It’s a wrap! After what felt like a million shows for [admittedly very cute] kids in rural schools of France, we performed our last musical tale of the year! To celebrate surviving the intense tour schedule, we had a little Bolivian ‘encore’ jam yesterday night. In this video you can hear us play a short “Taquirari”, an indigenous folk dance.
Taquirari (also spelled Takirari) is a musical tradition developed by the indigenous peoples of eastern Bolivia. The genre is thought to have originated within the Moxo culture (in the current Beni Department) possibly as a form of ritual music to invoke the god of hunting. It expanded beyond its ceremonial setting as a popular form of dance music combining indigenous and Hispanic elements, thus becoming part of the Bolivian creole culture. During the 19th century, the genre spread to the northern regions of Chile, Argentina and Uruguay; many famous taquirari performances and compositions have been done by artists from these regions.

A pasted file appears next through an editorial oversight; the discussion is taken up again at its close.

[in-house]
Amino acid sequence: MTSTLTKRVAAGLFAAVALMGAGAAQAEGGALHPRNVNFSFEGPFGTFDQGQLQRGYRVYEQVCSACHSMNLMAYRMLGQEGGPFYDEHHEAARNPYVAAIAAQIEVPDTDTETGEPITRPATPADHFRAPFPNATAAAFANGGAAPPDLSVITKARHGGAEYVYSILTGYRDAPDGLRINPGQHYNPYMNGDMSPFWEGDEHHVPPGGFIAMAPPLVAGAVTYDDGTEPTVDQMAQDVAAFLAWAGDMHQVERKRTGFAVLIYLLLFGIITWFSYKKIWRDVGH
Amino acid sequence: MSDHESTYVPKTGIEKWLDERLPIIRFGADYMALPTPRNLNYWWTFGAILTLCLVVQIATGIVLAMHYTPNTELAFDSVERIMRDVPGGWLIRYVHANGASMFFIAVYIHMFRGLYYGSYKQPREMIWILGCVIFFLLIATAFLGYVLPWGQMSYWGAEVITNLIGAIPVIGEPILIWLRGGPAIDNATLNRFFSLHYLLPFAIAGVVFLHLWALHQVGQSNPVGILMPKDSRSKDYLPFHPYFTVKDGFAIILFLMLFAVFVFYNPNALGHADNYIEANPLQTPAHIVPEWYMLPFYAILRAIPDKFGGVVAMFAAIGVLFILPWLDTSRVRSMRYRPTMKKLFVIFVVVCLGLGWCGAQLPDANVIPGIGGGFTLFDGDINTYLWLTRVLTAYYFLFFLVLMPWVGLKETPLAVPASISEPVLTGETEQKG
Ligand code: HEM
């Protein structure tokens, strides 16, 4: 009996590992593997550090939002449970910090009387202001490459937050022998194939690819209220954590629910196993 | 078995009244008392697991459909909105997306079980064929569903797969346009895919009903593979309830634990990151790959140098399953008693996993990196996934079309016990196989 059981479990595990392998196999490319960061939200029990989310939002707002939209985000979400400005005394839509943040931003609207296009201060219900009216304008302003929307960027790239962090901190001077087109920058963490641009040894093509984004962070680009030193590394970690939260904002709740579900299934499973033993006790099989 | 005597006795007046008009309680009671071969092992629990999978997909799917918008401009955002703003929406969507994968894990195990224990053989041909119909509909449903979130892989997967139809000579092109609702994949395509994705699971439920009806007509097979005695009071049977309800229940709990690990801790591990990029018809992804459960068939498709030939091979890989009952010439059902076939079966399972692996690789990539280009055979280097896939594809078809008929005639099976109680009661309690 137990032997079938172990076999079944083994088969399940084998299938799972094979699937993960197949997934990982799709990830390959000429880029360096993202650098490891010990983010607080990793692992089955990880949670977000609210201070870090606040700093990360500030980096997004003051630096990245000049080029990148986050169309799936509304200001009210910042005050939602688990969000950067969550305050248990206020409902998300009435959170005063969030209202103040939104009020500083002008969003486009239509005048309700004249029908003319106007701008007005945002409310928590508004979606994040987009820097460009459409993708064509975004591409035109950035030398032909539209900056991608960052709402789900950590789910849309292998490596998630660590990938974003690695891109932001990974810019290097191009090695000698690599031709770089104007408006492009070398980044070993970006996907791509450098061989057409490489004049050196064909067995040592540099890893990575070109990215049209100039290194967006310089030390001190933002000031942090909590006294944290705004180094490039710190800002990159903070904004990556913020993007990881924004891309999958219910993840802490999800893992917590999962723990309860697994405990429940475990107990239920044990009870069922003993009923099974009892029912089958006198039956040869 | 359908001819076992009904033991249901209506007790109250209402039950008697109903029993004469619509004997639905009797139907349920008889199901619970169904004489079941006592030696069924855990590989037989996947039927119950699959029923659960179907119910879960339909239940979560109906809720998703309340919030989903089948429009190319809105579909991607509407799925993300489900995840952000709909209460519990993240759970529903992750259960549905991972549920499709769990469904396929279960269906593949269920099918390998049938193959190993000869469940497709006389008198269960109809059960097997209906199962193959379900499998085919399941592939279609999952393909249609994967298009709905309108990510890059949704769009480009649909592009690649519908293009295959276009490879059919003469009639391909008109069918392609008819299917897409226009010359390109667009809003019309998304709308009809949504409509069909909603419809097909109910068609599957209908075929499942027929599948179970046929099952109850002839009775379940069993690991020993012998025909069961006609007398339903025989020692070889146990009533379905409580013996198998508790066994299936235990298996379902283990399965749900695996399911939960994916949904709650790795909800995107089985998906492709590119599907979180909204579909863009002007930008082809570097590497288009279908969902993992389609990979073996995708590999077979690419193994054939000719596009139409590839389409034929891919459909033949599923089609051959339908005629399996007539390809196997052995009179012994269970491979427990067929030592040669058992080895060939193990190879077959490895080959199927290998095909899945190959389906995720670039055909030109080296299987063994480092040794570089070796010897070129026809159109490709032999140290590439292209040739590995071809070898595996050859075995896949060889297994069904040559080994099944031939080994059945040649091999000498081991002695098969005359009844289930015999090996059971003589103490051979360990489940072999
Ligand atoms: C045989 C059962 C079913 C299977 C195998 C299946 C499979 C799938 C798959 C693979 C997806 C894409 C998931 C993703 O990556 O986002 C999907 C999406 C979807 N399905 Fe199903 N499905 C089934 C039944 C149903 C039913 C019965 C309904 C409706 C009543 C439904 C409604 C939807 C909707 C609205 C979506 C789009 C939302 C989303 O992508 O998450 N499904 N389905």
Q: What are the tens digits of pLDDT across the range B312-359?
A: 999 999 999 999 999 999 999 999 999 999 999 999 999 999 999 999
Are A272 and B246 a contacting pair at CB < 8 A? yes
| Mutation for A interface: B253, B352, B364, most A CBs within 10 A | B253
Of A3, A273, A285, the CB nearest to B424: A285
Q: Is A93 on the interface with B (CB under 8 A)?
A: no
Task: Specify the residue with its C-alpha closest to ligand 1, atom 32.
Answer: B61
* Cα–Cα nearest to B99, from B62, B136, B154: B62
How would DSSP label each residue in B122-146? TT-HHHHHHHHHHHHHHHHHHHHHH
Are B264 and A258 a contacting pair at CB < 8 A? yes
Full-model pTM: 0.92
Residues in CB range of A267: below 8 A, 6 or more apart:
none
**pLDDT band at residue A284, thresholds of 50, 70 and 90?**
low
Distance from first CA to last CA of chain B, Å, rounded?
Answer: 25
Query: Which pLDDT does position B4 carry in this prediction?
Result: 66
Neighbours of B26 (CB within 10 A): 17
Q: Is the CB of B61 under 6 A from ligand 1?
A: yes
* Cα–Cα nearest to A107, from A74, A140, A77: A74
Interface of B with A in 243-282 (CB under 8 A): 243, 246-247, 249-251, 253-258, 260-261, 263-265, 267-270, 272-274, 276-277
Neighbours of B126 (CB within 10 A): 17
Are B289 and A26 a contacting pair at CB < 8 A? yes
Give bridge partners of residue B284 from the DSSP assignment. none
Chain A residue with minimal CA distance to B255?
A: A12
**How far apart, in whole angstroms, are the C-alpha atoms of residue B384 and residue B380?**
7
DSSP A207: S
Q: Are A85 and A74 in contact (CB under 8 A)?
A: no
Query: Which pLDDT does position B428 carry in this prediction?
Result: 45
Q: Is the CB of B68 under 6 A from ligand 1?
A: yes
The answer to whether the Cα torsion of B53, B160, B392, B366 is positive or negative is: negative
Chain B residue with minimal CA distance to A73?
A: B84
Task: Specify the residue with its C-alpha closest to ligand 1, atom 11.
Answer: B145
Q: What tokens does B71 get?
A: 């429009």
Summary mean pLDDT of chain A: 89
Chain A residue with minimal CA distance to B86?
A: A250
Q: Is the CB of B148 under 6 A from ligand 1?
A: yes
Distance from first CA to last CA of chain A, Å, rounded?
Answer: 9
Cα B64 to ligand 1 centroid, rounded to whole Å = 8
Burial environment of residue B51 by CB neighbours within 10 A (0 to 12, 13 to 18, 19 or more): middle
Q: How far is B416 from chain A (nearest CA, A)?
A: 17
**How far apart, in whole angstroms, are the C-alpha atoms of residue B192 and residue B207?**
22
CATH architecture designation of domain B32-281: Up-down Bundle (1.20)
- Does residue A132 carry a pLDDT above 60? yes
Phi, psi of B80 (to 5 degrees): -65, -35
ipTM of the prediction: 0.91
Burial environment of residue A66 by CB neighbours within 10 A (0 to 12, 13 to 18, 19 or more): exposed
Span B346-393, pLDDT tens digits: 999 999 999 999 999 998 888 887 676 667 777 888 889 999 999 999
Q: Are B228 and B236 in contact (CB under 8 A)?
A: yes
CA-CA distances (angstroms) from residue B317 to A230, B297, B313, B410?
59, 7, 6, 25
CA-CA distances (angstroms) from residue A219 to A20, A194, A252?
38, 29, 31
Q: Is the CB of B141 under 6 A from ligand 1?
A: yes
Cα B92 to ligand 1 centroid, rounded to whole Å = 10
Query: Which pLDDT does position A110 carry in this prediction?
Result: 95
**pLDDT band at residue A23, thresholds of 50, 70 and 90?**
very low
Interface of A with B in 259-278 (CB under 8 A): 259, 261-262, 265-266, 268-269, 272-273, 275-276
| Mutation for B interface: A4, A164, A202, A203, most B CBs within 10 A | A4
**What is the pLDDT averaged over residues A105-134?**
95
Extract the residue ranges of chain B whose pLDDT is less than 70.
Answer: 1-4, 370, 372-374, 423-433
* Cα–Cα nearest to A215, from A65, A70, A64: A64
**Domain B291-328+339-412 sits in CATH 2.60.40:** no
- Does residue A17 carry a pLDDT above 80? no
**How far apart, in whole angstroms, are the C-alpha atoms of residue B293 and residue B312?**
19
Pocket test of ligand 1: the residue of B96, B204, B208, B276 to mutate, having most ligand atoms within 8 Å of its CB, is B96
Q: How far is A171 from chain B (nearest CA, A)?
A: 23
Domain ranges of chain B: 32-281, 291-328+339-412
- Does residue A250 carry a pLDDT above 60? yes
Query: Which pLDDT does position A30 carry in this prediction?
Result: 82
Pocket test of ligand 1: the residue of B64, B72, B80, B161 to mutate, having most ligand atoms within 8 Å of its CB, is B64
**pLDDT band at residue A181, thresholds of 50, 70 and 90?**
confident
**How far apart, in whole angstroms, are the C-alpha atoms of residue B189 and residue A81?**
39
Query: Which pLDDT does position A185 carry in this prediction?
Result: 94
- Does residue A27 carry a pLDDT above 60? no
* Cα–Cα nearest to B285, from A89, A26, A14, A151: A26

Traditional instrumentation includes handheld drums (bombo, caja) and flutes (quena), as well as the charango, a small creolized guitar considered the national instrument of Bolivia. Taquirari compositions are structured as AABB or AABBCC and their lyrical content is almost always romantic, even though the genre originally lacked vocals and harmony. The music has a duple 2/4 meter and a syncopated rhythm. Taquiraris are pentatonic, which suggests cultural exchange with Andean Folk Music, especially Huayno.